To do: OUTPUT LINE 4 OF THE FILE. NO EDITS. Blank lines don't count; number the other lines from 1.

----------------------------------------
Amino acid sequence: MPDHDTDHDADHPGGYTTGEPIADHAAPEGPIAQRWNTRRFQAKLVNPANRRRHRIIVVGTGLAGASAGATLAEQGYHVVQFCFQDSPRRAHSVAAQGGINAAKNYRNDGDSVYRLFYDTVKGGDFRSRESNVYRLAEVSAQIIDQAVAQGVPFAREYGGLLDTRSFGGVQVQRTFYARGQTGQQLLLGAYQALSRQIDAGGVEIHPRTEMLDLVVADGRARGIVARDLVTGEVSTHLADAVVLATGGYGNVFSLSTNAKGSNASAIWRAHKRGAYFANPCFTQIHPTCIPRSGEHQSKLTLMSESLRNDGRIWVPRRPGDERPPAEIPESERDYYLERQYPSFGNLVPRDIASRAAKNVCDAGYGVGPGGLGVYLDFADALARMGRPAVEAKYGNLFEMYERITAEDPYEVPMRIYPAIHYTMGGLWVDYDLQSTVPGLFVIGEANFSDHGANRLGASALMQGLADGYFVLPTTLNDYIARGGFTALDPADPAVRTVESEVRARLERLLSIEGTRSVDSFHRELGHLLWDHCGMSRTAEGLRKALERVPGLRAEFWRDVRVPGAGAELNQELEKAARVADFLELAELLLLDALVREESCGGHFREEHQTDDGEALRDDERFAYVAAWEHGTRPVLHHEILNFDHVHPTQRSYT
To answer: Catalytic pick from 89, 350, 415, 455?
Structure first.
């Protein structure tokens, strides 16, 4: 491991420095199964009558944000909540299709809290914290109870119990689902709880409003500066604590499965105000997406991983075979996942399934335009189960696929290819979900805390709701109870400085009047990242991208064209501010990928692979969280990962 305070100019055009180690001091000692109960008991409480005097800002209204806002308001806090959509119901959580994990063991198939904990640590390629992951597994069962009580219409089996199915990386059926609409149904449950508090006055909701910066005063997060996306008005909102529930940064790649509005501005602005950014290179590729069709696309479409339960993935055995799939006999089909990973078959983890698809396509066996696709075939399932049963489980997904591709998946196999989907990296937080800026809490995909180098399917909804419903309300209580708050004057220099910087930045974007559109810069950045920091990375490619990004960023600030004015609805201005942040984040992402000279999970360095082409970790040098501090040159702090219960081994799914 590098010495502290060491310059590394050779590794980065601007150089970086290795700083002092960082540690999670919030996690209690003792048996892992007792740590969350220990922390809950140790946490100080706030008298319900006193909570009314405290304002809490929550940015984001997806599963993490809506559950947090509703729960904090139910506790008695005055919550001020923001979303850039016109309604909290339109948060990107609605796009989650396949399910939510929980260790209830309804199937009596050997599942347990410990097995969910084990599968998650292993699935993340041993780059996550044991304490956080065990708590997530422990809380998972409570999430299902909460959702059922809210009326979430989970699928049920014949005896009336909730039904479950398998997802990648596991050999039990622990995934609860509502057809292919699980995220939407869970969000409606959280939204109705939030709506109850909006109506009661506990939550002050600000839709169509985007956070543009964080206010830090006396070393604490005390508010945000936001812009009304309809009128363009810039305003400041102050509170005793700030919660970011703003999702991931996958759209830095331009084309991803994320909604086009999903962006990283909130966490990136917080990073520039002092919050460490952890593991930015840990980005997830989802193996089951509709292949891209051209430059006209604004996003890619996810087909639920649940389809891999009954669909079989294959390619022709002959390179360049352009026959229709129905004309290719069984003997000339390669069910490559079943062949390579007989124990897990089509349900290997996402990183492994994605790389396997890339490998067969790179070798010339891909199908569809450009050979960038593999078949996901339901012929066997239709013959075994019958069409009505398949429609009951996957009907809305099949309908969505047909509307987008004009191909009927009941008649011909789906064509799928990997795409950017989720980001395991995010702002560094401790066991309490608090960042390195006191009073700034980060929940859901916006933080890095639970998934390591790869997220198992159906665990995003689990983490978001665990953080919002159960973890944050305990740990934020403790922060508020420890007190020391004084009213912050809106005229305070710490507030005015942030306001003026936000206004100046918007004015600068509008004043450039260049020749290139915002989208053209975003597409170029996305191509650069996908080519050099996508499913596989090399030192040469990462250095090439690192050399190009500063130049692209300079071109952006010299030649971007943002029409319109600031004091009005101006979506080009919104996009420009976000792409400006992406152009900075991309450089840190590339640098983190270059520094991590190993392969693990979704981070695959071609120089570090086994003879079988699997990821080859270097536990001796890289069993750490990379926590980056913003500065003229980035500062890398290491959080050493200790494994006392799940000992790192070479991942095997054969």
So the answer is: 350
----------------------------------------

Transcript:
């Protein structure tokens, strides 16, 4: 491991420095199964009558944000909540299709809290914290109870119990689902709880409003500066604590499965105000997406991983075979996942399934335009189960696929290819979900805390709701109870400085009047990242991208064209501010990928692979969280990962 305070100019055009180690001091000692109960008991409480005097800002209204806002308001806090959509119901959580994990063991198939904990640590390629992951597994069962009580219409089996199915990386059926609409149904449950508090006055909701910066005063997060996306008005909102529930940064790649509005501005602005950014290179590729069709696309479409339960993935055995799939006999089909990973078959983890698809396509066996696709075939399932049963489980997904591709998946196999989907990296937080800026809490995909180098399917909804419903309300209580708050004057220099910087930045974007559109810069950045920091990375490619990004960023600030004015609805201005942040984040992402000279999970360095082409970790040098501090040159702090219960081994799914 590098010495502290060491310059590394050779590794980065601007150089970086290795700083002092960082540690999670919030996690209690003792048996892992007792740590969350220990922390809950140790946490100080706030008298319900006193909570009314405290304002809490929550940015984001997806599963993490809506559950947090509703729960904090139910506790008695005055919550001020923001979303850039016109309604909290339109948060990107609605796009989650396949399910939510929980260790209830309804199937009596050997599942347990410990097995969910084990599968998650292993699935993340041993780059996550044991304490956080065990708590997530422990809380998972409570999430299902909460959702059922809210009326979430989970699928049920014949005896009336909730039904479950398998997802990648596991050999039990622990995934609860509502057809292919699980995220939407869970969000409606959280939204109705939030709506109850909006109506009661506990939550002050600000839709169509985007956070543009964080206010830090006396070393604490005390508010945000936001812009009304309809009128363009810039305003400041102050509170005793700030919660970011703003999702991931996958759209830095331009084309991803994320909604086009999903962006990283909130966490990136917080990073520039002092919050460490952890593991930015840990980005997830989802193996089951509709292949891209051209430059006209604004996003890619996810087909639920649940389809891999009954669909079989294959390619022709002959390179360049352009026959229709129905004309290719069984003997000339390669069910490559079943062949390579007989124990897990089509349900290997996402990183492994994605790389396997890339490998067969790179070798010339891909199908569809450009050979960038593999078949996901339901012929066997239709013959075994019958069409009505398949429609009951996957009907809305099949309908969505047909509307987008004009191909009927009941008649011909789906064509799928990997795409950017989720980001395991995010702002560094401790066991309490608090960042390195006191009073700034980060929940859901916006933080890095639970998934390591790869997220198992159906665990995003689990983490978001665990953080919002159960973890944050305990740990934020403790922060508020420890007190020391004084009213912050809106005229305070710490507030005015942030306001003026936000206004100046918007004015600068509008004043450039260049020749290139915002989208053209975003597409170029996305191509650069996908080519050099996508499913596989090399030192040469990462250095090439690192050399190009500063130049692209300079071109952006010299030649971007943002029409319109600031004091009005101006979506080009919104996009420009976000792409400006992406152009900075991309450089840190590339640098983190270059520094991590190993392969693990979704981070695959071609120089570090086994003879079988699997990821080859270097536990001796890289069993750490990379926590980056913003500065003229980035500062890398290491959080050493200790494994006392799940000992790192070479991942095997054969």